It is finally time for kick off. The long wait for the English Premier League season is over and African fans, who have long enjoyed and affiliated themselves with clubs from the UK, can’t wait. But who will they be shouting for? And how many will be watching their own tournament, with CAF Champions League semi-final spots up for grabs? Meanwhile, in Congo they will be celebrating a new high and, at under-17 level, contemplating the upcoming World Cup.
Who has Africa’s support?
The number of African players in England’s top flight seems alarmingly low, but has been bolstered by two signings this week. Ivory Coast forward Max Gradel joined Bournemouth from Saint-Etienne, where he was their leading scorer with 17 goals, while Malian defender Bakary Sako has signed for Crystal Palace on a free transfer after leaving Championship side Wolves.
There were few big movers — and stars such as Didier Drogba have left — but that has not stopped the support and the Premier League still captures hearts and minds on the African continent, which is gearing up for the opening weekend.
A recent BBC survey into which clubs Africans tend to support discovered that it goes no further than the traditional big three. In West Africa, Chelsea reigns supreme largely thanks to Drogba’s legacy while, in the east and the north, its Arsenal who they favour. In the South, Manchester United, where South Africa’s Quinton Fortune played, hold sway.
Congo’s new high
The latest FIFA rankings would have made pleasant reading for Claude Le Roy, the veteran coach who has guided Congo to 43rd, their highest-ever position. Congo climbed four places, which was reward for a year that saw them finish fifth at the African Nations’ Cup, their best finish in the tournament since 1992 Congo’s ascendancy created room for another African country — Cape Verde — to move into top 50.
There are now eight in that elite group, even though Egypt (52) and Nigeria (53) have slipped out. Algeria retains the top position among African countries and sits at 19th overall, followed by Ivory Coast, Ghana, Tunisia, Senegal and Cameroon, as well as Congo and Cape Verde.
Under-17 World Cup draw
Nigeria will begin their title defence when they play the opening match of the upcoming age-group World Cup against host nation Chile on Oct. 17. The Golden Eaglets coach, Emmanuel Amuneke, called the prospect of facing the hosts draw “interesting,” and said there would be no easy games for his players, who are also pitted with Croatia and the United States in Group A.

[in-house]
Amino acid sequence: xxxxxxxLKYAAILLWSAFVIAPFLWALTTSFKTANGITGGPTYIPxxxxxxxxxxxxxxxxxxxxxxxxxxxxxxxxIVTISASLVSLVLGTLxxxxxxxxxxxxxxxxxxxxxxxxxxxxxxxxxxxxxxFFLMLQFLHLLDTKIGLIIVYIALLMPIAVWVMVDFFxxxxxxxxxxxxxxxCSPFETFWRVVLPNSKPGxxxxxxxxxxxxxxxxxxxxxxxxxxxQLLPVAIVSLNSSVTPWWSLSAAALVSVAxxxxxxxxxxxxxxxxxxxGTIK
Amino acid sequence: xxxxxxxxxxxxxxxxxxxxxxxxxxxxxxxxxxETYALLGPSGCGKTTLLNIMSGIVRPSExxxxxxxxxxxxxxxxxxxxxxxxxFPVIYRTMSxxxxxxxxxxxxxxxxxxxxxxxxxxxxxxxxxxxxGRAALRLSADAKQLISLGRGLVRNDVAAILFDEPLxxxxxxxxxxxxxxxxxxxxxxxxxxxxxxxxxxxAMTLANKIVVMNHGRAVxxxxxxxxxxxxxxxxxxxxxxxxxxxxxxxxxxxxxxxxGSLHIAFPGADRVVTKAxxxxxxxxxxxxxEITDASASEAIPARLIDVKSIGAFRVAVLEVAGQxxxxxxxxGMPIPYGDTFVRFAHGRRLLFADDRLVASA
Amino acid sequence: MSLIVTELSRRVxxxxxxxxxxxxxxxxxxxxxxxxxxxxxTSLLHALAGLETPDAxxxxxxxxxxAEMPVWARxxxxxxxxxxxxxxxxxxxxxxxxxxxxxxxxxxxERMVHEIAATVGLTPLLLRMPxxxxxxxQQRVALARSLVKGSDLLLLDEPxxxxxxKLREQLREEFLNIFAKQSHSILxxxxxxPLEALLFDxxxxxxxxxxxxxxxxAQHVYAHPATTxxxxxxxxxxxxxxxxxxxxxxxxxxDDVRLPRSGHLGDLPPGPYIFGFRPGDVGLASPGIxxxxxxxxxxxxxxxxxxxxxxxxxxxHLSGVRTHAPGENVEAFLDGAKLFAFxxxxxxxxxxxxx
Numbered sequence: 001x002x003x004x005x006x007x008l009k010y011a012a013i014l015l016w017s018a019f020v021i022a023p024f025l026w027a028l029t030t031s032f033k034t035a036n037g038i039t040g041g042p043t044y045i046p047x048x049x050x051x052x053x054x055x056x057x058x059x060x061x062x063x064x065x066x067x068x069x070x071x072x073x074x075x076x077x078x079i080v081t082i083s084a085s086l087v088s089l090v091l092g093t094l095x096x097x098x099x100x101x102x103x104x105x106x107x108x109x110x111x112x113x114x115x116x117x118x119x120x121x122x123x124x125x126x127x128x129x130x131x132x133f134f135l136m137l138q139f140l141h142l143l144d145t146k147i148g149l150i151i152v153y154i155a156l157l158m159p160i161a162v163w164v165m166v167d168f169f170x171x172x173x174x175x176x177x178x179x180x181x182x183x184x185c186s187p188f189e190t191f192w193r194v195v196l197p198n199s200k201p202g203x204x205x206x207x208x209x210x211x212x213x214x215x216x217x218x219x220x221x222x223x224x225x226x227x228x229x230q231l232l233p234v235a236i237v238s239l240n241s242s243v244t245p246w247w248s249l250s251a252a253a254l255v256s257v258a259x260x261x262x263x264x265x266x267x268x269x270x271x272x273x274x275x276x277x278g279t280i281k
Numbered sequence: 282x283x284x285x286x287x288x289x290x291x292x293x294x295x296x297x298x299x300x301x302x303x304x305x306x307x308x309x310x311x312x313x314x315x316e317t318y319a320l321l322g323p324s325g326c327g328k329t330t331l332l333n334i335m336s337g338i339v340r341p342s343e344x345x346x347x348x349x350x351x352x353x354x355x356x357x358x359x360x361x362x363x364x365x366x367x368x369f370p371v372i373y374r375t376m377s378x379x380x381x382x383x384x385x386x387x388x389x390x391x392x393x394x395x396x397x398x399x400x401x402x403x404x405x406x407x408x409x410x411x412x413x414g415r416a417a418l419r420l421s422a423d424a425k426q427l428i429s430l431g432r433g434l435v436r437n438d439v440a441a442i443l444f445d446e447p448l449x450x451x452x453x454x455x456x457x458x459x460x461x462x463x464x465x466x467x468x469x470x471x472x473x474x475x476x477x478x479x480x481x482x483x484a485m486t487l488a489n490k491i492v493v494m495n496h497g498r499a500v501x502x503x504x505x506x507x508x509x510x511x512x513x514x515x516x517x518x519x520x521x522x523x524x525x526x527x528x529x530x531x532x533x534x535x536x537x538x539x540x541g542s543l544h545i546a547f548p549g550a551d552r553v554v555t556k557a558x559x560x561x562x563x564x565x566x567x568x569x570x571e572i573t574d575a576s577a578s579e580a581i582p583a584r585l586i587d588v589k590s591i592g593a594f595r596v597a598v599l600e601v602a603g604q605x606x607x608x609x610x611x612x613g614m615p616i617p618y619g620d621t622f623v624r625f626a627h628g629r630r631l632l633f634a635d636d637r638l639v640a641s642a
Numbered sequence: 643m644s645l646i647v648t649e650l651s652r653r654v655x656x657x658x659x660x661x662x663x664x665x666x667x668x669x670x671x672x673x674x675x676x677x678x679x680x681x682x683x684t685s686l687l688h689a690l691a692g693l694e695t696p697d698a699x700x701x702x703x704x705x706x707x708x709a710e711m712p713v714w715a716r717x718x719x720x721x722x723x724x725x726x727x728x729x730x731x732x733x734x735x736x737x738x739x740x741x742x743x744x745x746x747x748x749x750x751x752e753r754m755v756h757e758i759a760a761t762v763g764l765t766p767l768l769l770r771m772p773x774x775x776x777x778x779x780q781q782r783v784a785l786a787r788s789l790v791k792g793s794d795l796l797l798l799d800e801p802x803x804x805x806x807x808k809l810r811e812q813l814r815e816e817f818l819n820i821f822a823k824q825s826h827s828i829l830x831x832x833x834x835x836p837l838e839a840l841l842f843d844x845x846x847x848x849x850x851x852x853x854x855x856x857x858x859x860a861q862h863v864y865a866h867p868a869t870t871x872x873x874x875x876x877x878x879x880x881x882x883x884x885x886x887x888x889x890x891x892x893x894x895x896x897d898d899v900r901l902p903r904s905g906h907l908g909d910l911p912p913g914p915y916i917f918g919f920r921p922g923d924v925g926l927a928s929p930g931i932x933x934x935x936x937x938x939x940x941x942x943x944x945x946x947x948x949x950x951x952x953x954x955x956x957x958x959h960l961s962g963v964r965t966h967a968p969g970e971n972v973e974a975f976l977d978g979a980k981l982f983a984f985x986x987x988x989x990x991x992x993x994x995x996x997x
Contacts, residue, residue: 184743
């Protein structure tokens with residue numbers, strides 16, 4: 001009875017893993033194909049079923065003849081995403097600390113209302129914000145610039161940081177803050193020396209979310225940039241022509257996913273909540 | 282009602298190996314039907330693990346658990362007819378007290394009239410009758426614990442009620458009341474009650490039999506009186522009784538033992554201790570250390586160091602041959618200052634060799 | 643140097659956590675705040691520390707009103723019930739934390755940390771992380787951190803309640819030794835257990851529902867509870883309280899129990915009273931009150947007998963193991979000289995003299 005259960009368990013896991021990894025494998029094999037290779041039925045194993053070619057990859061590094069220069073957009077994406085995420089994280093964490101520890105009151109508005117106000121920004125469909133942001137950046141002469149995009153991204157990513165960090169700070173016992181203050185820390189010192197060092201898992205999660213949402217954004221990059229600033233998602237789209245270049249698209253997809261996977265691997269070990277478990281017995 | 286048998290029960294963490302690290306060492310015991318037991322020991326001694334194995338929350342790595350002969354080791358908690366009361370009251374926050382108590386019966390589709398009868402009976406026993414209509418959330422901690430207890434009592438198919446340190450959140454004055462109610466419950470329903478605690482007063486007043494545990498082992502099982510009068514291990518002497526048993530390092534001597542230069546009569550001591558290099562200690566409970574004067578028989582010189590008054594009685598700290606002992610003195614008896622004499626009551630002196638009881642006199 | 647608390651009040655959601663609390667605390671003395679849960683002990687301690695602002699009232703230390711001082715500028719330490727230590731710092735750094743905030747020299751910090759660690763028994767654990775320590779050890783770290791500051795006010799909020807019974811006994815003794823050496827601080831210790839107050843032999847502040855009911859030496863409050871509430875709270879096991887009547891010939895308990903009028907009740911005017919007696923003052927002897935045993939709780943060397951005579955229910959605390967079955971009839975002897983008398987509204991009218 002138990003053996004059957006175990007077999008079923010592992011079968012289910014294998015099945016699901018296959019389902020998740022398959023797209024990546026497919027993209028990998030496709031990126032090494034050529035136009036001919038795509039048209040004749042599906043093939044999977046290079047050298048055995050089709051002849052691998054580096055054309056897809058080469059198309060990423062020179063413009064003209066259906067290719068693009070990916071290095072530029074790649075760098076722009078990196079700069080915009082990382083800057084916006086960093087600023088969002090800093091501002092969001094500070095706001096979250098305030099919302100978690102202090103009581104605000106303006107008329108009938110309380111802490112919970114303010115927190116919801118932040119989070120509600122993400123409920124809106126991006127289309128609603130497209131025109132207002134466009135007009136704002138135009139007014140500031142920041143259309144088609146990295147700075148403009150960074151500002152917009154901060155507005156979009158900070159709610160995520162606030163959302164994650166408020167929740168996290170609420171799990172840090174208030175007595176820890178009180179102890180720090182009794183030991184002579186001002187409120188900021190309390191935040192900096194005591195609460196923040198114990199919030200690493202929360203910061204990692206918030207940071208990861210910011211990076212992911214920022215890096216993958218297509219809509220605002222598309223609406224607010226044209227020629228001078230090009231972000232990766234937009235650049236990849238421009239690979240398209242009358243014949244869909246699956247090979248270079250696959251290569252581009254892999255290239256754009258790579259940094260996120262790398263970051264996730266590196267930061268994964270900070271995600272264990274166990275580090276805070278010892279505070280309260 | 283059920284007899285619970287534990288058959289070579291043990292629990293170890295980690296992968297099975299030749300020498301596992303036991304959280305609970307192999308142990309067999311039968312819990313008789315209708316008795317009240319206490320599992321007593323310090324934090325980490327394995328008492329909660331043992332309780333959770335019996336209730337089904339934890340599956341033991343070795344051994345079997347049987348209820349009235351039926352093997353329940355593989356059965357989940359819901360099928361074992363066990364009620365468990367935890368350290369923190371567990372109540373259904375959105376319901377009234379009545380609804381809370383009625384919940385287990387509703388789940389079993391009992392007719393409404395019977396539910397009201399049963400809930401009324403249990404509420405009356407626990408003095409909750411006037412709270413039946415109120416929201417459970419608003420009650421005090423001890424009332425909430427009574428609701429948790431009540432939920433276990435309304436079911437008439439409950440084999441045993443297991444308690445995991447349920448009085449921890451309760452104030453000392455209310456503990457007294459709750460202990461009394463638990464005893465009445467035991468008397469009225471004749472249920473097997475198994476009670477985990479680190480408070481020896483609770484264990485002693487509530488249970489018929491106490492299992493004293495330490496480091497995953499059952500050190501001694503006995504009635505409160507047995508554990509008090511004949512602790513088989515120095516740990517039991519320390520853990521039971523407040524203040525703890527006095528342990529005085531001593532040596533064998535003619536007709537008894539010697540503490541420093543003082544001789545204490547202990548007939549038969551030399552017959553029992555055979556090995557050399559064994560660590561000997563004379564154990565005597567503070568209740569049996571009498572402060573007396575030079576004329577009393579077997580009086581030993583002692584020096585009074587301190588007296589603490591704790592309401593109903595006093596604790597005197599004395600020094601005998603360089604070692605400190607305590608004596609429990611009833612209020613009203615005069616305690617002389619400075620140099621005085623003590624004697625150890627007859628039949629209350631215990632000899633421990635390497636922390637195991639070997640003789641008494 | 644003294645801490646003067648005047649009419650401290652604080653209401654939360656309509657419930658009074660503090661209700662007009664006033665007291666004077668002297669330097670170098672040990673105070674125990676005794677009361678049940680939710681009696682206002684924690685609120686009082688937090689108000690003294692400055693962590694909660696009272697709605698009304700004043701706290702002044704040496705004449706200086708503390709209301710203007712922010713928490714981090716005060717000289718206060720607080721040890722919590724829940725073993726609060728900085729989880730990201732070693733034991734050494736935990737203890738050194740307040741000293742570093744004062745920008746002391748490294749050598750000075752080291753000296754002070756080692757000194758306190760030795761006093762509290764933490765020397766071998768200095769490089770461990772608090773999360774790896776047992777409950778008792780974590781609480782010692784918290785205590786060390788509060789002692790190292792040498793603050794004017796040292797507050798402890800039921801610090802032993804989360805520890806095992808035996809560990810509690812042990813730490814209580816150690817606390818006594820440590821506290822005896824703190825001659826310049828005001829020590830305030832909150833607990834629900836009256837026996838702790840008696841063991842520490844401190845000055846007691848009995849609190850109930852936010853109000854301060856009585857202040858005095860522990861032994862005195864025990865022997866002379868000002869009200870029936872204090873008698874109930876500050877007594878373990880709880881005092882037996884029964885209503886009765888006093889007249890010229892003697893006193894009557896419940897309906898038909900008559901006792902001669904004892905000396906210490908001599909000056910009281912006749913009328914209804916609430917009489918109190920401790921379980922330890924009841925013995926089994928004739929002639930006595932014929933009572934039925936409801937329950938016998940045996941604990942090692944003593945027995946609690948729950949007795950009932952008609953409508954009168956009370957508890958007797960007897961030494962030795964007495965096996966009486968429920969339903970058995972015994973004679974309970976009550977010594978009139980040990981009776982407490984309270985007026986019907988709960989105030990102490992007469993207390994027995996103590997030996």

Although Nigeria are the current world champions, they are not the African champions. That honour belongs to Mali, who beat South Africa 2-0 in March to take the title and who have been drawn in Group D with Belgium, Honduras and Ecuador.
South Africa have also qualified and their media had mixed reaction to the draw, which pitted them in Group E, with Costa Rica, Russia and North Korea. One newspaper, The Citizen, called it a “tough draw” while the SuperSport website labelled it a “kind draw.”
Africa’s other team at the tournament is Guinea, who will have a difficult time in Group B against England, Brazil and Korea Republic.
Semis in their sights
Algerian side USM Alger could confirm their place in the final four — for the first time since 2003 — of the CAF Champions League with a win over their countrymen, MC El Eulma.
USMA have won all three group matches they have played so far to open a five-point gap at the top. Remarkably, they have achieved that despite not having had a head coach since May, when Otto Pfister was dismissed.
The other match in Group B sees defending champions ES Setif meet Sudanese side Al-Merrikh. Meanwhile, in Group A, the other Sudanese team still in contention, Al-Hilal, face Moghreb Tetouan knowing that victory will put them on the fringes of the final four. TP Mazembe play Egypt’s Smouha.
– ESPN FC
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